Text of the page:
Last month, a 24ft minke whale was found lying in the shallows off Harris in some distress with a nylon cord entangled in its upper jaw. Rescuers managed to cut the chord and eventually helped it out to sea.

Of the 70 whales between stranded in Scotland between 1992 and 2000, 15 died of entanglement, according to the HWDT.

Established 10 years ago to conduct research, provide education and work towards conservation of cetaceans, the HWDT is the only body in Scotland monitoring all these threats, with the help of its 53ft research yacht, the Silurian. It was at one time used for drug-running before being impounded and then converted for filming during the BBC television series Blue Planet.

"We are finding incredible stuff. It's not just fishing nets, it's packing tape and other forms of plastic. Marine litt er is one of the main problems," said Cally Fleming, HWDT project director. We are squeezed into her tiny office, reminiscent of a ship's cabin, at the back of the HWDT shop on Tobermory's colourful main street.

She sees a single Marine Act, superseding the 85 different pieces of legislation governing the ocean, and a lead body, as a potential solution. The Marine Task Force, an umbrella body for environmental groups with a maritime remit, is to start lobbying MSPs in September.

Fleming, whose family comes from Mull, regards the ensuing fight as vital not only for the cetaceans, but for the future of the island. Whale-watching is worth some £8 million annually to Mull and Iona; for Scotland as a whole the figure is around £12m.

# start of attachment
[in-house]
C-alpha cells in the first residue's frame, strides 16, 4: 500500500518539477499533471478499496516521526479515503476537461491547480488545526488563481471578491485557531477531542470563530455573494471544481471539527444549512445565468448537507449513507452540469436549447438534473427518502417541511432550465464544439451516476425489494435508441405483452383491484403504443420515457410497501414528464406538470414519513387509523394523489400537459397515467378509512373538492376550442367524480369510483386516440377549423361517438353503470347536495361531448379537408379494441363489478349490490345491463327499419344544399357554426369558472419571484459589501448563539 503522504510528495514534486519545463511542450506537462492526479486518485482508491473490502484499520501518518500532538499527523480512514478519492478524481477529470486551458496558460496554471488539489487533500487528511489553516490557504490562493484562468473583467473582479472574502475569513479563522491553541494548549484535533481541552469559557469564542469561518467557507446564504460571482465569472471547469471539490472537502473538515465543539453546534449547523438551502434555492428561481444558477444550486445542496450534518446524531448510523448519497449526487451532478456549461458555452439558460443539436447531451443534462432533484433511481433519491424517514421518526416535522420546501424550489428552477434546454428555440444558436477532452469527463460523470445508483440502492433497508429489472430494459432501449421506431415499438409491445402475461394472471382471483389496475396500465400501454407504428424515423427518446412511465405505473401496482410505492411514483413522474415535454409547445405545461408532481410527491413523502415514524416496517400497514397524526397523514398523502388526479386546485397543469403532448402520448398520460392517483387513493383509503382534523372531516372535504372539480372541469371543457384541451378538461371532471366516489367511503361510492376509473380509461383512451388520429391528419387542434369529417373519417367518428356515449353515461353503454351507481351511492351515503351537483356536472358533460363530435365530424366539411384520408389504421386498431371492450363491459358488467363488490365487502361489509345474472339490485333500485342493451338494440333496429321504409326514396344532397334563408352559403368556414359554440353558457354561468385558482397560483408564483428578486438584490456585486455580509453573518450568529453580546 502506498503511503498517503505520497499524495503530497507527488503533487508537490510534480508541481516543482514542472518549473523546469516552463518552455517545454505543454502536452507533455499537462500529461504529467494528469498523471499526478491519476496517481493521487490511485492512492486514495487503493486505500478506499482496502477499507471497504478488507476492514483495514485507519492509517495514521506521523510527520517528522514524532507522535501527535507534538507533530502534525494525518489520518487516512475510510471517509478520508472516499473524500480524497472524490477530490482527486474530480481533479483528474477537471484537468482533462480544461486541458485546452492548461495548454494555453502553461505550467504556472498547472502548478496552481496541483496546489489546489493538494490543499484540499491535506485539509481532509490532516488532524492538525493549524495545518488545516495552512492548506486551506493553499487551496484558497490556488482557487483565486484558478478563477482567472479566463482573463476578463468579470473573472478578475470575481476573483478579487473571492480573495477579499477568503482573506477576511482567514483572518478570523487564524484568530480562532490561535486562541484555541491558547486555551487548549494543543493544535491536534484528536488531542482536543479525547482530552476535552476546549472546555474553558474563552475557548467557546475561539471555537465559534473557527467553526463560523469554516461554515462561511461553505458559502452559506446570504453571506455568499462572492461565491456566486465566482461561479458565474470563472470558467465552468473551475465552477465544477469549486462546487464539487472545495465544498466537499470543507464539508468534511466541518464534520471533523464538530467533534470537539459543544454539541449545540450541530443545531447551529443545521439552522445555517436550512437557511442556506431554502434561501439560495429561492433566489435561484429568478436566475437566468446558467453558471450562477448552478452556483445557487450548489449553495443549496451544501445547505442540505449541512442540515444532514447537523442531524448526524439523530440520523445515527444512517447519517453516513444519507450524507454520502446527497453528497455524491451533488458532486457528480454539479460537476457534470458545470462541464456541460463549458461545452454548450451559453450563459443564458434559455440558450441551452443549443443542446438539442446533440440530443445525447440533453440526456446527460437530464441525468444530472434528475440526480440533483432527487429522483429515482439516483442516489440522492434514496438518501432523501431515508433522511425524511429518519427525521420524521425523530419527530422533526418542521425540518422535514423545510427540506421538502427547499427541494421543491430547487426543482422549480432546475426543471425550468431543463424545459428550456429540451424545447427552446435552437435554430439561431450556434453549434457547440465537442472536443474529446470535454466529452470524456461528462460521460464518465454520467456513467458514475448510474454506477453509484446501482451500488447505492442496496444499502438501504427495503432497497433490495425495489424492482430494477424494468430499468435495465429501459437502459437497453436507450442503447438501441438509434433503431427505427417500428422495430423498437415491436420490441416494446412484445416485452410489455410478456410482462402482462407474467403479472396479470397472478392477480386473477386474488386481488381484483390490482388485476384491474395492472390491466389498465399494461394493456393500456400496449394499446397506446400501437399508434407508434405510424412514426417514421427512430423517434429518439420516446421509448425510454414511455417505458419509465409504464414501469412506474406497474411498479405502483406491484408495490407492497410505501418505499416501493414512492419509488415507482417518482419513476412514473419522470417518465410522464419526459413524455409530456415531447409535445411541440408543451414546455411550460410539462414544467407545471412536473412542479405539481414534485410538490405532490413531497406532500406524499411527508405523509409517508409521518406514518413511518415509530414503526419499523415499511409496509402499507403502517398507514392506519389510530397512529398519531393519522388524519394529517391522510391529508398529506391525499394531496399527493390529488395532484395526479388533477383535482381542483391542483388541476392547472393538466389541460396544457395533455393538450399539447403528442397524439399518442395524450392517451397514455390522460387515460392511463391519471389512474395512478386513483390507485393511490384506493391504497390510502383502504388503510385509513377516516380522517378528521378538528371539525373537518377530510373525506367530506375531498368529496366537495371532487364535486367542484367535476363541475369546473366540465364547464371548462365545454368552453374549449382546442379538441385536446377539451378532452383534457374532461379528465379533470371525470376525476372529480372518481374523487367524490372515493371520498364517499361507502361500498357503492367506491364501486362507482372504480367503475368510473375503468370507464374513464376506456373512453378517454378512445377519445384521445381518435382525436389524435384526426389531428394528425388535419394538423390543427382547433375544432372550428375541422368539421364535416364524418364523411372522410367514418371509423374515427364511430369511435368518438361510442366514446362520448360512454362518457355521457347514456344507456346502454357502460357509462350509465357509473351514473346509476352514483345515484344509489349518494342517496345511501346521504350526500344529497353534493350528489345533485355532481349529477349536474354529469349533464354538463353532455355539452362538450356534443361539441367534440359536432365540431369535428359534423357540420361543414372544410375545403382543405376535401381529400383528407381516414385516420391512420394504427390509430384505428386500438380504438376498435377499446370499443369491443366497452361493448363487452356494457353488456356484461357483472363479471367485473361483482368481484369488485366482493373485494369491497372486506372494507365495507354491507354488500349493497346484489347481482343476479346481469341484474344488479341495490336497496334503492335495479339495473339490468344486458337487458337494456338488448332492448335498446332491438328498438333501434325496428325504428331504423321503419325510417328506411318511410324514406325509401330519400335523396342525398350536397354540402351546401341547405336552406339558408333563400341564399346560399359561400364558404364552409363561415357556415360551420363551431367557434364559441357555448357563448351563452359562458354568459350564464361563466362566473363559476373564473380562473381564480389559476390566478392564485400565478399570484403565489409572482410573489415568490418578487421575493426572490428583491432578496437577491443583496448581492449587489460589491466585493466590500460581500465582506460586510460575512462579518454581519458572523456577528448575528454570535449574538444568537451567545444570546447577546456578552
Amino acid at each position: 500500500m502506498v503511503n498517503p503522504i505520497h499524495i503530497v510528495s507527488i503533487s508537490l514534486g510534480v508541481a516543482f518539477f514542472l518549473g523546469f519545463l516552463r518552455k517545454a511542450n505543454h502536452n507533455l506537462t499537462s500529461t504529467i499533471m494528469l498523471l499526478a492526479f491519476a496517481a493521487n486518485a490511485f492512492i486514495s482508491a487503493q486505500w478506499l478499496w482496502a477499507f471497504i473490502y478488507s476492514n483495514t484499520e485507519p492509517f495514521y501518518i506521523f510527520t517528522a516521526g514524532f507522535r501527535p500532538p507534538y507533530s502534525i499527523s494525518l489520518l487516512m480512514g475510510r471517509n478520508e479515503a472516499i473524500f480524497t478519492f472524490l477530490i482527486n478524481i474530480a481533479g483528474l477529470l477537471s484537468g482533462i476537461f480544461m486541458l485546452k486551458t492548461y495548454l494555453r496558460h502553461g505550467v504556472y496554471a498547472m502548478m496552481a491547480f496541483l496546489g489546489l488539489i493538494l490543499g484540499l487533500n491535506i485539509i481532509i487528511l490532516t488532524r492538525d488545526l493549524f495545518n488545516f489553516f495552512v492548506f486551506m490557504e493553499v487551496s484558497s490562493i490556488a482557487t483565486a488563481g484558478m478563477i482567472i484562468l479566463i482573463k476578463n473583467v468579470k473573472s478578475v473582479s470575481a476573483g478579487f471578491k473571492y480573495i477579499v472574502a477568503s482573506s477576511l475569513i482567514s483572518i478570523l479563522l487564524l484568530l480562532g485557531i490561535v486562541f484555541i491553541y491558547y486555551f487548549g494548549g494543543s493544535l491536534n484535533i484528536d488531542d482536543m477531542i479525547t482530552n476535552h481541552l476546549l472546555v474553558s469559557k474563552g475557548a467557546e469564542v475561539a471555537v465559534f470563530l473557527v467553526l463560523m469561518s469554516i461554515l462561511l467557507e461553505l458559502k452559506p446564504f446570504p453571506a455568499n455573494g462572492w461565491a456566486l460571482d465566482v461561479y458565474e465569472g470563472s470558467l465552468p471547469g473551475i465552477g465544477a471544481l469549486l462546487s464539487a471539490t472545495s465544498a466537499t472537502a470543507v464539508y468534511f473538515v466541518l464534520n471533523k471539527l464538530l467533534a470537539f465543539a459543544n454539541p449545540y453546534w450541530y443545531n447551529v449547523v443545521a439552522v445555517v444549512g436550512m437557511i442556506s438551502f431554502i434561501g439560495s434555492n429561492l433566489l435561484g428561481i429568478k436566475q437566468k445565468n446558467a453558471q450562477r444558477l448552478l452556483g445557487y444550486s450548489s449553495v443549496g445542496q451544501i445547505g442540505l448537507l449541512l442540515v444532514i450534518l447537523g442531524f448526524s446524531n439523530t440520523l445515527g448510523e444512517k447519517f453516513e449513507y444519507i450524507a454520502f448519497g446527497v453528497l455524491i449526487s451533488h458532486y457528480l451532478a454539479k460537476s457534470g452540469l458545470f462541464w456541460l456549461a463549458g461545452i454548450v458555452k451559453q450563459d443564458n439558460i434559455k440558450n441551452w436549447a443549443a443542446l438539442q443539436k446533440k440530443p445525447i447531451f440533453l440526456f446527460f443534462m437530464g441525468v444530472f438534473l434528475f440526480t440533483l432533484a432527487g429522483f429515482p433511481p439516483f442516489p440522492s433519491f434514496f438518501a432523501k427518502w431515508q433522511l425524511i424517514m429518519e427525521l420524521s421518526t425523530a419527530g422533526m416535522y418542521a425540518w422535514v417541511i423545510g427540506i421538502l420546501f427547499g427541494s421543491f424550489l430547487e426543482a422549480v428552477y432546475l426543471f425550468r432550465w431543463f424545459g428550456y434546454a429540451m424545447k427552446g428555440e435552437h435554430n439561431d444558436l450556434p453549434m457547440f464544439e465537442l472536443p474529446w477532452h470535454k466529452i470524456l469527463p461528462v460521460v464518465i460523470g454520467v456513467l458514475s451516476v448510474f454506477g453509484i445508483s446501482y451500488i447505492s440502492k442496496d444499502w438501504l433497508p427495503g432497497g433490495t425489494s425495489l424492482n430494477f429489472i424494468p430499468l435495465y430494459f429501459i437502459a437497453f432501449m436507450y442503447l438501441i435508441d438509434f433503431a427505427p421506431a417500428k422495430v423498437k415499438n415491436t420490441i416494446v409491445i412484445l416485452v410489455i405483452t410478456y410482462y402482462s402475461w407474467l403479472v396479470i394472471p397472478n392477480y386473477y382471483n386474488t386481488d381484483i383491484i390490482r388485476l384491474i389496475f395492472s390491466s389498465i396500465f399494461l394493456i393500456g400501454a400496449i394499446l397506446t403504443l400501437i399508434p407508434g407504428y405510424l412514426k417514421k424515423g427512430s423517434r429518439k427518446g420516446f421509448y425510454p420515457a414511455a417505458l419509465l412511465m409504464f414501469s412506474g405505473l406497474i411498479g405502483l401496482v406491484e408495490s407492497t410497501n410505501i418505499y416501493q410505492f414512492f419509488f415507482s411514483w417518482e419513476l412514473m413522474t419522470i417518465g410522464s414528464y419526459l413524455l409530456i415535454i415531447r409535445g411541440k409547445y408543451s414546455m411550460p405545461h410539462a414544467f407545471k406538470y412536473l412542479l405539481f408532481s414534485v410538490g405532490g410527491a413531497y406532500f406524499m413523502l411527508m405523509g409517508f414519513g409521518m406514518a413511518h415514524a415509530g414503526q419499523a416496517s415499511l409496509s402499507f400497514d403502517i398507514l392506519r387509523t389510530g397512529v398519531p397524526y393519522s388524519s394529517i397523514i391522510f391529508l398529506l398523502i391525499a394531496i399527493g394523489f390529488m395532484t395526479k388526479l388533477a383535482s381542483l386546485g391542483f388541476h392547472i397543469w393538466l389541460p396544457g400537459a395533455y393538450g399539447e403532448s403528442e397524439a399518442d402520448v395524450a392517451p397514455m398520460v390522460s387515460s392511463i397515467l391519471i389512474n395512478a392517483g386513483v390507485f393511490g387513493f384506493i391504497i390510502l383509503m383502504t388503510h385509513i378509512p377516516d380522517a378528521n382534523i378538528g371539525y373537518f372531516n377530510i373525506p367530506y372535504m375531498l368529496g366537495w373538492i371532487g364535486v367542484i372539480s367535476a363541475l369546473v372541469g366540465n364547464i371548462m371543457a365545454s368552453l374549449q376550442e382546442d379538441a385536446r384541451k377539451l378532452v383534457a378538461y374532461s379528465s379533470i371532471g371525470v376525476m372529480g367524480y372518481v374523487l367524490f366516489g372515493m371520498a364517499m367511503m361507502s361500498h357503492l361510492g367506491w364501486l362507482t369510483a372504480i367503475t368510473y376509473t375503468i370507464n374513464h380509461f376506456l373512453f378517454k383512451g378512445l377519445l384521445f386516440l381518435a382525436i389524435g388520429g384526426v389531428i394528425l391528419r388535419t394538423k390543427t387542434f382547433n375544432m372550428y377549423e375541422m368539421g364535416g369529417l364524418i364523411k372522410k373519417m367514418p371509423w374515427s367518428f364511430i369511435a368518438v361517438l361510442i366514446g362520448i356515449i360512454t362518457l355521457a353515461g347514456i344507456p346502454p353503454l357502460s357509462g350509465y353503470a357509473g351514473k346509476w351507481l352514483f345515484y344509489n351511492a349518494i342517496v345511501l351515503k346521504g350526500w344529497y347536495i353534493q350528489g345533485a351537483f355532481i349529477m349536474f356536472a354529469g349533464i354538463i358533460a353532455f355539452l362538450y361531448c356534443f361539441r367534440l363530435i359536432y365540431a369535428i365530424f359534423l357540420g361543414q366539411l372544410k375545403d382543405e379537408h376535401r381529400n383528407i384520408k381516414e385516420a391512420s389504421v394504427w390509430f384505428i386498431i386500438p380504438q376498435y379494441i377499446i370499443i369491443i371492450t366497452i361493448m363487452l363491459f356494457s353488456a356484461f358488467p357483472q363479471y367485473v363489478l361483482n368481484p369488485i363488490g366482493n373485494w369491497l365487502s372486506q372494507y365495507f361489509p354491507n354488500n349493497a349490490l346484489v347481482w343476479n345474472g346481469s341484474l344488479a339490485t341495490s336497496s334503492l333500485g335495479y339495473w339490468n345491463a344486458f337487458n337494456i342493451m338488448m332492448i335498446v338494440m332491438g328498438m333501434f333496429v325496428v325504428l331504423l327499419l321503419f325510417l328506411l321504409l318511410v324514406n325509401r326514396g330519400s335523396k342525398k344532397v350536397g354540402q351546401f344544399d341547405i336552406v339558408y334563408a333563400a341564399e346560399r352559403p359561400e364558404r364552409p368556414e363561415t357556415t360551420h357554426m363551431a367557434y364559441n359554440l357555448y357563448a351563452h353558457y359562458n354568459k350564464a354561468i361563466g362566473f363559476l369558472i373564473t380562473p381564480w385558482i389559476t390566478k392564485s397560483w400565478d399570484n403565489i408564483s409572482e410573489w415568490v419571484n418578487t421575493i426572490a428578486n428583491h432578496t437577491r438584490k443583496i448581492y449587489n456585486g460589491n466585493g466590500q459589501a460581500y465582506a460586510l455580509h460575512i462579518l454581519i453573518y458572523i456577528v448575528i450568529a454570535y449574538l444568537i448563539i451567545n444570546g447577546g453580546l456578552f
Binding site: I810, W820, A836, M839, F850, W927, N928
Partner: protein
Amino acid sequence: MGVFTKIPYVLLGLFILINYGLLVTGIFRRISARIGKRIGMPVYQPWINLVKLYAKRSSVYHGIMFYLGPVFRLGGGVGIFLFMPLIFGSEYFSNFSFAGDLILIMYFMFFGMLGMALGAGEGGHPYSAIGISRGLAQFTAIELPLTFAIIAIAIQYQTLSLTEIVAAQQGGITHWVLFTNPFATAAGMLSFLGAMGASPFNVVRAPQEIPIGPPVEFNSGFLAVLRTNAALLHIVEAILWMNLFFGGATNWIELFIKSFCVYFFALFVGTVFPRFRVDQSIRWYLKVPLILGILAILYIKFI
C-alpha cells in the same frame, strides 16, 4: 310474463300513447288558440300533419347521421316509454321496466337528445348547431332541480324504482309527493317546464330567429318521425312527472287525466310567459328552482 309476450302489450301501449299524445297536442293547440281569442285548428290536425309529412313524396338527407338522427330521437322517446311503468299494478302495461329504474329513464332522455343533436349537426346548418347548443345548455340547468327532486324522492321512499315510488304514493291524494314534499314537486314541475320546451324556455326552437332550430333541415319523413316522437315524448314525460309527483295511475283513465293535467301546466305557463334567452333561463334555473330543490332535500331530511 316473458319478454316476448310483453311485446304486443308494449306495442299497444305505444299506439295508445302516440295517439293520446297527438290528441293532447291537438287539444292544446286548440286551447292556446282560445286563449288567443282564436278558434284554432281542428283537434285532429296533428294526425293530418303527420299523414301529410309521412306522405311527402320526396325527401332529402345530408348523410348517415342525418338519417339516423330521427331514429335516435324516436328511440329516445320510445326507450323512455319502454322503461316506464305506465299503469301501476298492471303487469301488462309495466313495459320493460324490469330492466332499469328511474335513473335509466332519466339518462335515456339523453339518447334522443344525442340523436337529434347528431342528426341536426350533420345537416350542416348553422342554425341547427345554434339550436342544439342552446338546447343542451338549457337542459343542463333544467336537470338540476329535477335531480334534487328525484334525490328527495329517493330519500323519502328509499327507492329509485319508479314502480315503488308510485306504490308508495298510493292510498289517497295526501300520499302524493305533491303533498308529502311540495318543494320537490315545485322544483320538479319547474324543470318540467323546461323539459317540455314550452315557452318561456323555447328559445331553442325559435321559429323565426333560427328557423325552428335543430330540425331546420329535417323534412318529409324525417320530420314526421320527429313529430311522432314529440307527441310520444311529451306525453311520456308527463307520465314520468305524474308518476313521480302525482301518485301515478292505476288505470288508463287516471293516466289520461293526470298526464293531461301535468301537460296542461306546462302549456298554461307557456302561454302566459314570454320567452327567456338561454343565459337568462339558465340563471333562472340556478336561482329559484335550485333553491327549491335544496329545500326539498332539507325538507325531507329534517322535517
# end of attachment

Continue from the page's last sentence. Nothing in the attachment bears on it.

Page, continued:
She said: "We only hear about the decline and depopulation and everyt hing going downhill. But here's a good news story -- whale-watching and ecotourism is booming, not just in the summer but in the colder months as well. There's tremendous potential to grow the industry, but only if we are aware and address some of the threats that are out there. It can all look rosy on a beautiful day like today, but there are threats even round here."

Mull can rightly claim to be the home of whale-watching in Scotland, since it was here in 1989 that the naturalist Richard Fairbairns pioneered taking people out to see the minke whales which feed in the Sound. He established the Mull Cetacean Project to study the animals, which grew into the Hebridean Whale and Dolphin Trust and Sea Life Surveys, which bills itself as "the UK's most experienced whale and dolphin watch".

Fairbairns' s son Brennen has taken over the running of Sea Life Surveys, which now has three boats. He and his fellow skipper Hamish Crosbie work 12 or 14 hours a day, seven days a week during the season, fulfilling many people's lifetime goal to see a whale or dolphin.

But the real importance of the trips is to raise awareness and educate people about cetaceans, Brennen said.

The whales and ecosystem that supports them remain fragile, and are getting more so, partly as a result of the increase in popularity of boat tours. Yet, while countries such as New Zealand and Canada have strict legislation governing marine activities, the codes of conduct in Scotland are all voluntary meaning the situation requires careful monitoring.

*Special Correspondent for the Glasgow Sunday Herald, Scotland
http://www.whaledolphintrust.co.uk http://www.sealifesurveys.com